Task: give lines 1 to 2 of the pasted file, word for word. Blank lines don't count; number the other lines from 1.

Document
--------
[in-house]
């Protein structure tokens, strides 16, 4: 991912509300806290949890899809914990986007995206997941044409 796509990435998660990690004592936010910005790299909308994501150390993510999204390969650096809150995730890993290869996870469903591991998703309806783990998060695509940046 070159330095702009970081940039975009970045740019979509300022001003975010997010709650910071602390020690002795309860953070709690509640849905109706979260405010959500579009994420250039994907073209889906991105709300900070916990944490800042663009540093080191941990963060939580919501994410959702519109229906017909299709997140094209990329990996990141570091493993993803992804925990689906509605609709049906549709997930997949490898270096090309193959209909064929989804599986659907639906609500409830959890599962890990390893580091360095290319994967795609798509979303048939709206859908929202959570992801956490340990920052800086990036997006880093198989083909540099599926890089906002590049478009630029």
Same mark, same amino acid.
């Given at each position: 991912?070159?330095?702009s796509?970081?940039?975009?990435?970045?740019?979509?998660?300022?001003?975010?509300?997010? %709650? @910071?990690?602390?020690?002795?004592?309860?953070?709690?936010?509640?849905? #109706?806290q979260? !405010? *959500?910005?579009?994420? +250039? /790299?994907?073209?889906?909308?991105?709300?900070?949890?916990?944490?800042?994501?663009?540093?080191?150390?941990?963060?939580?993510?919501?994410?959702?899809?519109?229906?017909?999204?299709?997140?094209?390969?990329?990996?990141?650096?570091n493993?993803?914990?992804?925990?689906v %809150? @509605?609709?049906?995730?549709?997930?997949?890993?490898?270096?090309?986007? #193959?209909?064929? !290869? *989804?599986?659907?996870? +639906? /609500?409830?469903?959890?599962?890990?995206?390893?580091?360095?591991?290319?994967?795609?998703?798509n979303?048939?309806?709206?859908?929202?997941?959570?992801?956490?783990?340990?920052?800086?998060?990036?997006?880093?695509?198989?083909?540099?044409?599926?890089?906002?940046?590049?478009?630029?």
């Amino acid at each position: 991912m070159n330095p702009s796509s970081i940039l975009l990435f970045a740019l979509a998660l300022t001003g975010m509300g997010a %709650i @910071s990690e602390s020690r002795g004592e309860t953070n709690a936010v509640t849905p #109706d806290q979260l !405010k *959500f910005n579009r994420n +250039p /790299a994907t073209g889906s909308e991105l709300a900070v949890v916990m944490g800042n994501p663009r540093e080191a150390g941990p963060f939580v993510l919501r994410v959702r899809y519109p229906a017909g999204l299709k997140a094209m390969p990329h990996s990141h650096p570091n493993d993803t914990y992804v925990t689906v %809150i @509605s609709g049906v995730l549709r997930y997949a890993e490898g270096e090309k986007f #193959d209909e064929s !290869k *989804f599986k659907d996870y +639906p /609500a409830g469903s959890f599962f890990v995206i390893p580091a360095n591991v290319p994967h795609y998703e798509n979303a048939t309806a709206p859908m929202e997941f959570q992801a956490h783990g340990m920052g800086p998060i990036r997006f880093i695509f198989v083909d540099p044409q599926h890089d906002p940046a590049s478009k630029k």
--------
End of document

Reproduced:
[in-house]
């Protein structure tokens, strides 16, 4: 991912509300806290949890899809914990986007995206997941044409 796509990435998660990690004592936010910005790299909308994501150390993510999204390969650096809150995730890993290869996870469903591991998703309806783990998060695509940046 070159330095702009970081940039975009970045740019979509300022001003975010997010709650910071602390020690002795309860953070709690509640849905109706979260405010959500579009994420250039994907073209889906991105709300900070916990944490800042663009540093080191941990963060939580919501994410959702519109229906017909299709997140094209990329990996990141570091493993993803992804925990689906509605609709049906549709997930997949490898270096090309193959209909064929989804599986659907639906609500409830959890599962890990390893580091360095290319994967795609798509979303048939709206859908929202959570992801956490340990920052800086990036997006880093198989083909540099599926890089906002590049478009630029």